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Edmund Grindal
Archbishop of Canterbury
Enthroned 1576
Reign ended 6 July 1583
Predecessor Matthew Parker
Successor John Whitgift
Personal details
Born c. 1519
St Bees, Cumberland
Died 6 July 1583
Buried Croydon

Edmund Grindal (c. 1519 – 6 July 1583) was an English church leader who successively held the posts of Bishop of London, Archbishop of York and Archbishop of Canterbury.

Contents

Early life to the death of Edward VI

Tradition, also retailed by Grindal's biographer John Strype, had long held that Grindal was born in Hensingham, now a suburb of Whitehaven. However recent scholarship has shown that his birthplace was Cross Hill House, St. Bees, Cumberland. Grindal himself gave a description of his birth place in a letter to Sir William Cecil, Elizabeth I's Secretary of State, "... the house wherein I was born, and the lands pertaining thereto, being a small matter, under twenty shillings rent, but well builded at the charges of my father and brother", which corresponds to Cross Hill House. This has been proven by the discovery of the long-mislaid St. Bees long leases, which have provided the missing link in the chain of ownership back to William Grindal, Edmund's father, a farmer in the village.[1] Edmund Grindal's exact date of birth is uncertain, but is c.1519.

Grindal's birthplace, St Bees

His education started with the monks at the nearby St Bees Priory, which probably influenced his later career in the church. He was educated at Magdalene and Christ's Colleges and then at Pembroke Hall, Cambridge, where he graduated BA and was elected fellow in 1538.[2] Having obtained his MA in 1541, he was ordained deacon in 1544 and was proctor and Lady Margaret preacher in 1548?1549. Probably through the influence of Nicholas Ridley, who had been master of Pembroke Hall, Grindal was selected as one of the Protestant disputants during the visitation of 1549. He had a talent for this work and was often given similar tasks. When Ridley became Bishop of London, he made Grindal one of his chaplains and gave him the precentorship of St Paul's Cathedral. He was soon promoted to be one of King Edward VI's chaplains and prebendary of Westminster, and in October 1552 was one of six to whom the Forty-two articles were submitted for examination before being sanctioned by the Privy Council. According to John Knox, Grindal distinguished himself from most of the court preachers in 1553 by denouncing the worldliness of courtiers and foretelling the evils that would follow the king's death. For this reason, Grindal was not made a bishop, and did not consider himself bound to await the evils which he had foretold.

Mary I and Elizabeth I

On the accession of Mary I, he made his way to Strasbourg. From there he proceeded to Frankfurt, where he tried to settle the disputes between the "Coxians", who regarded the 1552 Prayer Book as the perfection of reform, and the Knoxians, who wanted further simplification. He returned to England in January 1559, after Elizabeth I had come to the throne, was appointed to the committee to revise the liturgy, and was one of the Protestant representatives at the Westminster conference. In July he was also elected Master of Pembroke Hall in succession to the recusant Dr Thomas Young (1514?-1580) and Bishop of London in succession to Edmund Bonner.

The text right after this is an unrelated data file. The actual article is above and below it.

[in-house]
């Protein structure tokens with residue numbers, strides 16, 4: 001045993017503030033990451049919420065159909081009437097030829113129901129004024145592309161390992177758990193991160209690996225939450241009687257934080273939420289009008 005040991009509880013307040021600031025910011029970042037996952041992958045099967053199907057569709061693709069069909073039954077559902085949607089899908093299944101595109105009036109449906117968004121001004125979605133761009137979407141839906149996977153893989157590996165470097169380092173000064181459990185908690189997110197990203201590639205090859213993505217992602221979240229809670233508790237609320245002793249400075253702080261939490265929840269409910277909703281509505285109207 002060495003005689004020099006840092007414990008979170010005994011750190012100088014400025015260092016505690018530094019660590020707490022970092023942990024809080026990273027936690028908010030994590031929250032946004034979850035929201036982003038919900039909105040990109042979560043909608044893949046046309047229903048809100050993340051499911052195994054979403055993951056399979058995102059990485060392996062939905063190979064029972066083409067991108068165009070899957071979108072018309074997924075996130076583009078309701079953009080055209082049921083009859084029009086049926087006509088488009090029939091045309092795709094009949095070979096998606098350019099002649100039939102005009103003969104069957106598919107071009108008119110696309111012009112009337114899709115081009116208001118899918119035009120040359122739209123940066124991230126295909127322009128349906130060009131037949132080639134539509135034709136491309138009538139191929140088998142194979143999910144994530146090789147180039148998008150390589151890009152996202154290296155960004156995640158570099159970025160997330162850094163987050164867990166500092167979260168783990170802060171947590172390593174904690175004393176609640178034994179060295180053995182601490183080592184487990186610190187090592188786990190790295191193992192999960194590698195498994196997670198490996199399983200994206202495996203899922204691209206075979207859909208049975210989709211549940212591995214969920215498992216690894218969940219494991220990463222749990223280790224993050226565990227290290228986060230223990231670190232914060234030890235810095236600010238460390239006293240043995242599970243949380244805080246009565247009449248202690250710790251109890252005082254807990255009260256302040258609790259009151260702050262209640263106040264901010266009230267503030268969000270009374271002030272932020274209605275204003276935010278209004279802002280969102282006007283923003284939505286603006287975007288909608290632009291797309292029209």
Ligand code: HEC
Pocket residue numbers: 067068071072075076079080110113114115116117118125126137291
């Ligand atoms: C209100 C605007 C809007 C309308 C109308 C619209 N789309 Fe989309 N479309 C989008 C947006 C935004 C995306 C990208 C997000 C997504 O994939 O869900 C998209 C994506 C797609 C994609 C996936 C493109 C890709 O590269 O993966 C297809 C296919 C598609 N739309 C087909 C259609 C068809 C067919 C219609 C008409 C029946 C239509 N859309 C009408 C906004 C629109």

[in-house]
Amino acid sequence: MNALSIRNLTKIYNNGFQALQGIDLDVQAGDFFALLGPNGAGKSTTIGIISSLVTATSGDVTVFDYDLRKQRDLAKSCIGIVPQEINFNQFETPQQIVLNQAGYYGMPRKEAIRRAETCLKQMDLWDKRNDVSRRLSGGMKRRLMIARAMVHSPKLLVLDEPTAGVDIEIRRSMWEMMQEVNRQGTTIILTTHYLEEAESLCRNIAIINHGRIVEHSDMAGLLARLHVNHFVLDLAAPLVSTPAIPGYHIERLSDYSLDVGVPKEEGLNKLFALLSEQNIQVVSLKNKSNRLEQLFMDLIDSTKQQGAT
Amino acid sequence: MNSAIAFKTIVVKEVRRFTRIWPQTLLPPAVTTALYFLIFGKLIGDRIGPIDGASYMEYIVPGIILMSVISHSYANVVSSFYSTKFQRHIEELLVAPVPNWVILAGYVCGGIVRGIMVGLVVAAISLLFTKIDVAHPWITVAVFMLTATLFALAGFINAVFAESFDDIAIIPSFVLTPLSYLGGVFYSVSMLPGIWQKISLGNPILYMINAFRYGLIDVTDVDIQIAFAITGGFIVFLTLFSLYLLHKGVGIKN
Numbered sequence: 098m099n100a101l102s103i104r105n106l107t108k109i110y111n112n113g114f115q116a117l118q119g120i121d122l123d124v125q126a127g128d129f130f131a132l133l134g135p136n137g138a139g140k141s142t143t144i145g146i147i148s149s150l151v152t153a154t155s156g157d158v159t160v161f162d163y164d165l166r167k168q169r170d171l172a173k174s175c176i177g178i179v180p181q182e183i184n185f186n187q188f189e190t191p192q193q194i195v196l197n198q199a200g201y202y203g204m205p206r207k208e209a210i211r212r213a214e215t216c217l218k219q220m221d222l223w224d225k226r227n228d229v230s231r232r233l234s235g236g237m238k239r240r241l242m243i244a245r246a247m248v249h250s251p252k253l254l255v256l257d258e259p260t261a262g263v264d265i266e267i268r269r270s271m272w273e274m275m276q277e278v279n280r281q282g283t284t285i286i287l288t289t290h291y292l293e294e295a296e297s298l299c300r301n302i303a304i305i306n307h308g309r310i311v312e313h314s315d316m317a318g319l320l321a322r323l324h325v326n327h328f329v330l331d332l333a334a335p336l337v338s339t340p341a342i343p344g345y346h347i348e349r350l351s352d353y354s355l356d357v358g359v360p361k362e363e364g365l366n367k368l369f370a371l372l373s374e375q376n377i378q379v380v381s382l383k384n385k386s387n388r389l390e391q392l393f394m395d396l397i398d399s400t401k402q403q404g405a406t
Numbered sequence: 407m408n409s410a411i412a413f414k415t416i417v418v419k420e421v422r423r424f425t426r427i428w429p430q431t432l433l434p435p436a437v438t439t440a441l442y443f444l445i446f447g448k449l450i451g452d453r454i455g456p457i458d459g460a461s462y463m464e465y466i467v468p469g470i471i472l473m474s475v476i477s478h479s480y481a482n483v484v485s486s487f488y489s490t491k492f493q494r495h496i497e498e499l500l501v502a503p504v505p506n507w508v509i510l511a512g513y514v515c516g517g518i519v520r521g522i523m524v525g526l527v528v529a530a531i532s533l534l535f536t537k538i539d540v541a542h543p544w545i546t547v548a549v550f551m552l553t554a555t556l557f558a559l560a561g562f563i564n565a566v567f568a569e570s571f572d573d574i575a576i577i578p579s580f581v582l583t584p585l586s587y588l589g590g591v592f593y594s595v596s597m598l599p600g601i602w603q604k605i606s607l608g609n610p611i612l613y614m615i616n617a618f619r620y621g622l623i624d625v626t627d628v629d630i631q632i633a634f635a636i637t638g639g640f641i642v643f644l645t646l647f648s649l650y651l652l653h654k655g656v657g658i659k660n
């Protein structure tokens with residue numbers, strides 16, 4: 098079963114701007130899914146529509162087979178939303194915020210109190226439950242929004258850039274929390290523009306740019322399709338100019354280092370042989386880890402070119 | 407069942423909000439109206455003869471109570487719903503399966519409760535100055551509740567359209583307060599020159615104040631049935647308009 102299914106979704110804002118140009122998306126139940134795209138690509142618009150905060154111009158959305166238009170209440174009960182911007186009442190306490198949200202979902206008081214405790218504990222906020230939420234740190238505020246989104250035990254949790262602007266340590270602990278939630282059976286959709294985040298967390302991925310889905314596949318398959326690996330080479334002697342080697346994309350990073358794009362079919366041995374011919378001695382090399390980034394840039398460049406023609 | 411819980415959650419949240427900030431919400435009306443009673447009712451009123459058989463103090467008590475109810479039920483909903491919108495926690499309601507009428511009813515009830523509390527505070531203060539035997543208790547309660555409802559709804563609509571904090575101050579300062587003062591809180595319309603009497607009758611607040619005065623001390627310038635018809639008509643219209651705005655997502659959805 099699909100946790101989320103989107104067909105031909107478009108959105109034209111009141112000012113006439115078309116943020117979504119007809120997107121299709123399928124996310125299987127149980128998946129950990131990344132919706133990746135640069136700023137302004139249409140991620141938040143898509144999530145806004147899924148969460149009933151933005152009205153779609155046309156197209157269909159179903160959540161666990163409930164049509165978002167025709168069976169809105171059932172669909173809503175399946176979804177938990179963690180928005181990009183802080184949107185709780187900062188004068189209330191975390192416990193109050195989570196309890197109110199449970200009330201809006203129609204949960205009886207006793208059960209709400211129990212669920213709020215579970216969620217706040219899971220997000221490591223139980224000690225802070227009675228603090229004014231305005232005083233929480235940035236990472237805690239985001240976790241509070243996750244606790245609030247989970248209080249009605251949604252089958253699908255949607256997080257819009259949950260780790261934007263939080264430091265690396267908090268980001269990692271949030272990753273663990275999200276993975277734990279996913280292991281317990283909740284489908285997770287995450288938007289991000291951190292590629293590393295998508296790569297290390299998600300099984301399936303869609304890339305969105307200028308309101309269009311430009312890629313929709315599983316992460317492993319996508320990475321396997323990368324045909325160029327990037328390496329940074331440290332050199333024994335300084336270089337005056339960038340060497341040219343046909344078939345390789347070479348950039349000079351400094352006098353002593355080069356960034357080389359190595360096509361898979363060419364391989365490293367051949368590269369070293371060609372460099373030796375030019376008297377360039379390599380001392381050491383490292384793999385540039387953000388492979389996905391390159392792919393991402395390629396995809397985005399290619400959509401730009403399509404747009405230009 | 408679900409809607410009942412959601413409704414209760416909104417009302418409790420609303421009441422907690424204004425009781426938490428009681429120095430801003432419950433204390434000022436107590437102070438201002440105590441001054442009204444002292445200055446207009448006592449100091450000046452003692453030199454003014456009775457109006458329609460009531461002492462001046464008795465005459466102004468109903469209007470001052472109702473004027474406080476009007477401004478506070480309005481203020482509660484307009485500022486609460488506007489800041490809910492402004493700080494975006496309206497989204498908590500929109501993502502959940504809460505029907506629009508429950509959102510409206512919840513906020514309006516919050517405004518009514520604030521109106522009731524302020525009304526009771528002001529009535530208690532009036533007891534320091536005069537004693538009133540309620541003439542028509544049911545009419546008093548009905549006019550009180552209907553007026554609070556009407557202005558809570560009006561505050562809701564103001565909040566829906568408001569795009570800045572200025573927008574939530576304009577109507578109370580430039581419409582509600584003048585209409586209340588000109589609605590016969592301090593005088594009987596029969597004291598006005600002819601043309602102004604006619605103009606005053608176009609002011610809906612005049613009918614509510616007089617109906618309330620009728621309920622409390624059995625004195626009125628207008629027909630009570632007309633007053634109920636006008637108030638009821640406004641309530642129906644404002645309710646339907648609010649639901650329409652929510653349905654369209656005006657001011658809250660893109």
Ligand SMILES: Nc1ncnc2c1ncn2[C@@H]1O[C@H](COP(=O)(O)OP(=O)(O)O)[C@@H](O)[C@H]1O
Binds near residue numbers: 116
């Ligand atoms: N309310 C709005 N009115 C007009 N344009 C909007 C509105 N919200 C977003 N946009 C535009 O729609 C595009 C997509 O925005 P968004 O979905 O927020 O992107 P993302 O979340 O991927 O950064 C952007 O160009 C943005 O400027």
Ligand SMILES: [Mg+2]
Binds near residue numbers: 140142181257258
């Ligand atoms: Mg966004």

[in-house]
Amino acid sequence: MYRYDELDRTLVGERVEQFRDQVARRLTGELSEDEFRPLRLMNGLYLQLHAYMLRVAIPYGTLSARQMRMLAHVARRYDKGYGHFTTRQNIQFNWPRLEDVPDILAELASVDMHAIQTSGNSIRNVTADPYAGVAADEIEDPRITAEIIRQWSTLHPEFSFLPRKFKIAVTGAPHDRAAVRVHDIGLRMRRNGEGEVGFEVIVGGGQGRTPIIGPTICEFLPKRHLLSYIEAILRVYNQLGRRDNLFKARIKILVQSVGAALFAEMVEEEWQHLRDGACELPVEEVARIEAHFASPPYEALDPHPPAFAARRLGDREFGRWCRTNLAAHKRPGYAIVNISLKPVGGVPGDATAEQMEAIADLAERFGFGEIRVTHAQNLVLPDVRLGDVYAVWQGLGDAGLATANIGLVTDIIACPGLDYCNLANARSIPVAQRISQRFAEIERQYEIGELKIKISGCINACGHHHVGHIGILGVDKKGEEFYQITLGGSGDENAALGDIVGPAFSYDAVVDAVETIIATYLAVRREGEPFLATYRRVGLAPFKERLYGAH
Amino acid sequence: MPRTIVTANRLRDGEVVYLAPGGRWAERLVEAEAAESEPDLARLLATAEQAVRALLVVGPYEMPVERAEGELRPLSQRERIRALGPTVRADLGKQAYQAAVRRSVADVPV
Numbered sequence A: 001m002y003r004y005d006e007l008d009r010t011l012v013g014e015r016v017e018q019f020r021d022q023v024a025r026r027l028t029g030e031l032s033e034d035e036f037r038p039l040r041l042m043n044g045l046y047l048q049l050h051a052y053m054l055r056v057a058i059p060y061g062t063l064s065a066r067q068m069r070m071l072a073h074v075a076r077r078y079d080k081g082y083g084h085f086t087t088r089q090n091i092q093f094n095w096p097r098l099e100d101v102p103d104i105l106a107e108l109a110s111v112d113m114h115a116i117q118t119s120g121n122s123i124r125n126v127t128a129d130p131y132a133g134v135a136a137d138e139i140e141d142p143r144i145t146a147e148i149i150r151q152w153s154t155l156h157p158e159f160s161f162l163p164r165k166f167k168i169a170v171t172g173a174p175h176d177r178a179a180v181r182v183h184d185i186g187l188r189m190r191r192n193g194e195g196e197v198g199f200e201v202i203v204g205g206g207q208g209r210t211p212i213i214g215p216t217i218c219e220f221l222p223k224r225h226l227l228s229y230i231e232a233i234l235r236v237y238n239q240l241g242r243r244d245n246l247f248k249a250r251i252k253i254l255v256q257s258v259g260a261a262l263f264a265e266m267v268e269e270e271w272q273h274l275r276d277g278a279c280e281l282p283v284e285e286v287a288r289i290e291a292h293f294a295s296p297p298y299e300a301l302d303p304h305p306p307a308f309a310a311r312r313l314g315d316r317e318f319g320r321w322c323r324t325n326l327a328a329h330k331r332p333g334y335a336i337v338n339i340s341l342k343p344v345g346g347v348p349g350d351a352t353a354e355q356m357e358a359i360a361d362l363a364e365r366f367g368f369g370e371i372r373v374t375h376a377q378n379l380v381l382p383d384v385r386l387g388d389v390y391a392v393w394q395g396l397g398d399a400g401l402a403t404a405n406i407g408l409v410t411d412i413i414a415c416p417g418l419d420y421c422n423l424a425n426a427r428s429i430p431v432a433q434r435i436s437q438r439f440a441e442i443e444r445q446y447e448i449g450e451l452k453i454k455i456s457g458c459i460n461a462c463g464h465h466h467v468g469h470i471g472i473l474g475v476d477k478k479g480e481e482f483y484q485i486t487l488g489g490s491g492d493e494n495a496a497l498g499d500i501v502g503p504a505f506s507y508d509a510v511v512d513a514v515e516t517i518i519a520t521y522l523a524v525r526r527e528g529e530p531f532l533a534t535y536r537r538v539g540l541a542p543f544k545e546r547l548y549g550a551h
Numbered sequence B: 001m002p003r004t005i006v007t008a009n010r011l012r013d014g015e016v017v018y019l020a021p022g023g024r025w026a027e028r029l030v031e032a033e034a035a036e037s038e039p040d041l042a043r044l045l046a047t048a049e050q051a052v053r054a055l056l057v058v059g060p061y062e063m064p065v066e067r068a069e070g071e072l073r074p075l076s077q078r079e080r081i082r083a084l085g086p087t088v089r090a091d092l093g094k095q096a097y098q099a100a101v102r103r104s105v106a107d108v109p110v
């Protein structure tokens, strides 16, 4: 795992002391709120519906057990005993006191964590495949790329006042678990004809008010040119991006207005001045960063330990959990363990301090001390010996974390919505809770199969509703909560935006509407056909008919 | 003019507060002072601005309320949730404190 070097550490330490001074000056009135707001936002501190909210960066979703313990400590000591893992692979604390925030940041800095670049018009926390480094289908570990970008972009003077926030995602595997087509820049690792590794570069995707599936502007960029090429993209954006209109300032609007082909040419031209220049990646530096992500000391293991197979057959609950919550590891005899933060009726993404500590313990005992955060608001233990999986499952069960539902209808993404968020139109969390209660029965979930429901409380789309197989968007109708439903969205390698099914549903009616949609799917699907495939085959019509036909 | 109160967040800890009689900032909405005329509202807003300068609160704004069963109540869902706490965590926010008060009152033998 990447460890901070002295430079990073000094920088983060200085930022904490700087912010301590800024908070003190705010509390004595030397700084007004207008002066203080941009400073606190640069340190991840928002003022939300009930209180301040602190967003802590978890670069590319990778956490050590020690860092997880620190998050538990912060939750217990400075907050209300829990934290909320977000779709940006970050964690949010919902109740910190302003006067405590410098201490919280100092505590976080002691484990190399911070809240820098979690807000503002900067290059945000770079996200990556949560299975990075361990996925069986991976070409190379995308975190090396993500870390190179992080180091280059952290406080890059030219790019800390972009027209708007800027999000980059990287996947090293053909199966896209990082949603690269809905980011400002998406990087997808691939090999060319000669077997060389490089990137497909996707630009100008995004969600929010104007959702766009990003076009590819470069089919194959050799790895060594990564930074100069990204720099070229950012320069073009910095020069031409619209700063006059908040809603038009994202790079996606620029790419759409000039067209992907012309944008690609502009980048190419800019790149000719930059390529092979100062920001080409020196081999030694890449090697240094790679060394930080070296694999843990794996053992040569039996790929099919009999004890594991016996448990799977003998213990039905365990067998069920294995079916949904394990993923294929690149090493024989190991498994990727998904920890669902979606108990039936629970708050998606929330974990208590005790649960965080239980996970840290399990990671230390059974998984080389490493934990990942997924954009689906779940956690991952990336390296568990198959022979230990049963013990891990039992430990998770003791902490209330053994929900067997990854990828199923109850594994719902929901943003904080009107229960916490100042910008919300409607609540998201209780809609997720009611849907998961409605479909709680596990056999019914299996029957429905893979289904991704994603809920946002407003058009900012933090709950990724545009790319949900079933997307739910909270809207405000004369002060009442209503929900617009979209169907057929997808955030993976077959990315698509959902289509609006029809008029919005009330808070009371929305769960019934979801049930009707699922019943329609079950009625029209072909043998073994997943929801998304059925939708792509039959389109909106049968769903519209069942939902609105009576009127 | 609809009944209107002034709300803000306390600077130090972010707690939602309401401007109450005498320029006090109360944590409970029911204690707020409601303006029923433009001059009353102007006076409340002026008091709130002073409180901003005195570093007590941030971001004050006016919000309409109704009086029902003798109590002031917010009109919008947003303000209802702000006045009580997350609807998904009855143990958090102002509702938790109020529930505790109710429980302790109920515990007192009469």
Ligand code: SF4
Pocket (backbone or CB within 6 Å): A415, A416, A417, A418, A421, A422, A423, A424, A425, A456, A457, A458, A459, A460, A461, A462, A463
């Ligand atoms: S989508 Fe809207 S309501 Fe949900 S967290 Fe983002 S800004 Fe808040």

Grindal had qualms about vestments and other traces of "popery" as well as about the Erastianism of Elizabeth's ecclesiastical government. Firmly Protestant, he did not mind recommending that a priest "might be put to some torment" (Hatfield manuscripts i. 269); and in October 1562 he wrote to William Cecil, begging to know "if that second Julian, the king of Navarre, is killed; as he intended to preach at St Paul's Cross, and might take occasion to mention God's judgements on him" (Domestic Cal., 1547?1580, p. 209). Nevertheless, he was reluctant to execute judgments on English Puritans, and failed to give Matthew Parker much assistance in rebuilding the shattered fabric of the English Church.

Grindal lacked that firm faith in the supreme importance of uniformity and autocracy which enabled John Whitgift to persecute nonconformists whose theology was identical to his own. London, which was always a difficult see, involved Bishop Sandys in similar troubles when Grindal had gone to York. As it was, although Parker said that Grindal "was not resolute and severe enough for the government of London," his attempts to enforce the use of the surplice evoked angry protests, especially in 1565, when many nonconformists were suspended; and Grindal of his own accord denounced Thomas Cartwright to the Council in 1570. Other anxieties were brought upon him by the burning of his cathedral in 1561, for although Grindal himself is said to have contributed £1200 towards its rebuilding, the laity and even the clergy of his diocese were not generous.

Archbishop

In 1570 Grindal became Archbishop of York, where Puritans were few and coercion would be required mainly for Roman Catholics. His first letter from Cawood to Cecil told that he had not been well received, that the gentry were not "well-affected to godly religion and among the common people many superstitious practices remained." It is admitted by his Anglican critics that he did the work of enforcing uniformity against the Roman Catholics with good-will and considerable tact. He must have given general satisfaction, for even before Parker's death two persons so different as Burghley and Dean Nowell independently recommended Grindal's appointment as his successor, and Edmund Spenser speaks warmly of him in The Shepheardes Calender as the "gentle shepherd Algrind." Burghley wished to conciliate the moderate Puritans and advised Grindal to mitigate the severity which had characterized Parker's treatment of the nonconformists. Despite being appointed to the highest position in the Anglican church, on the 26th of July 1575, there is no actual proof that Grindal ever visited the seat of his see, Canterbury, not even for his consecration.